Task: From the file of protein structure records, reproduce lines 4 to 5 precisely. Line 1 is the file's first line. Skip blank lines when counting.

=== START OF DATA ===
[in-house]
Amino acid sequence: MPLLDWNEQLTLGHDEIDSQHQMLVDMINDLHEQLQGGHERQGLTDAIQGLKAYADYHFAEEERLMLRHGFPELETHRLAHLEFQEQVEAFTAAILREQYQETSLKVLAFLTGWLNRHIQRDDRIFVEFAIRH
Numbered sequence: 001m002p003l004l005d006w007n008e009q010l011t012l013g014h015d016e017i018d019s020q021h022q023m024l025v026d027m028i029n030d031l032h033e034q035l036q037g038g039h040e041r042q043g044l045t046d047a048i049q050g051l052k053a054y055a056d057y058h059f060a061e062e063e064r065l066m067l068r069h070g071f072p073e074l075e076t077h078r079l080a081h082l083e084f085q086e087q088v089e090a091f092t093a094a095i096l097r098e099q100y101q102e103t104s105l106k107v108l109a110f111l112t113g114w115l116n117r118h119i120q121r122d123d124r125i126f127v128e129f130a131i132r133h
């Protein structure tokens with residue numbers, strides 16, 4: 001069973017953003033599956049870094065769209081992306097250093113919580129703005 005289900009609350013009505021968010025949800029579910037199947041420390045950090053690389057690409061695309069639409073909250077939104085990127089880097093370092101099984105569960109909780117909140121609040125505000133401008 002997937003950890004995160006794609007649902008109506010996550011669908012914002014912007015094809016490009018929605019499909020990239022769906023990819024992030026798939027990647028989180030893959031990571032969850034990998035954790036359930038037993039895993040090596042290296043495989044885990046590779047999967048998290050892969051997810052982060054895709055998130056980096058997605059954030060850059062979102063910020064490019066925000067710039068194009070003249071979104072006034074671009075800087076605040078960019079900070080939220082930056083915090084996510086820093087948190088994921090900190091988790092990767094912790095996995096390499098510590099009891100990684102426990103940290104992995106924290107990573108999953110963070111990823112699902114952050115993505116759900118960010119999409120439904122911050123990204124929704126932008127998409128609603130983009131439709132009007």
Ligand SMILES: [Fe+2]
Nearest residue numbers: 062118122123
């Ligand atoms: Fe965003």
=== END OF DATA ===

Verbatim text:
């Protein structure tokens with residue numbers, strides 16, 4: 001069973017953003033599956049870094065769209081992306097250093113919580129703005 005289900009609350013009505021968010025949800029579910037199947041420390045950090053690389057690409061695309069639409073909250077939104085990127089880097093370092101099984105569960109909780117909140121609040125505000133401008 002997937003950890004995160006794609007649902008109506010996550011669908012914002014912007015094809016490009018929605019499909020990239022769906023990819024992030026798939027990647028989180030893959031990571032969850034990998035954790036359930038037993039895993040090596042290296043495989044885990046590779047999967048998290050892969051997810052982060054895709055998130056980096058997605059954030060850059062979102063910020064490019066925000067710039068194009070003249071979104072006034074671009075800087076605040078960019079900070080939220082930056083915090084996510086820093087948190088994921090900190091988790092990767094912790095996995096390499098510590099009891100990684102426990103940290104992995106924290107990573108999953110963070111990823112699902114952050115993505116759900118960010119999409120439904122911050123990204124929704126932008127998409128609603130983009131439709132009007």
Ligand SMILES: [Fe+2]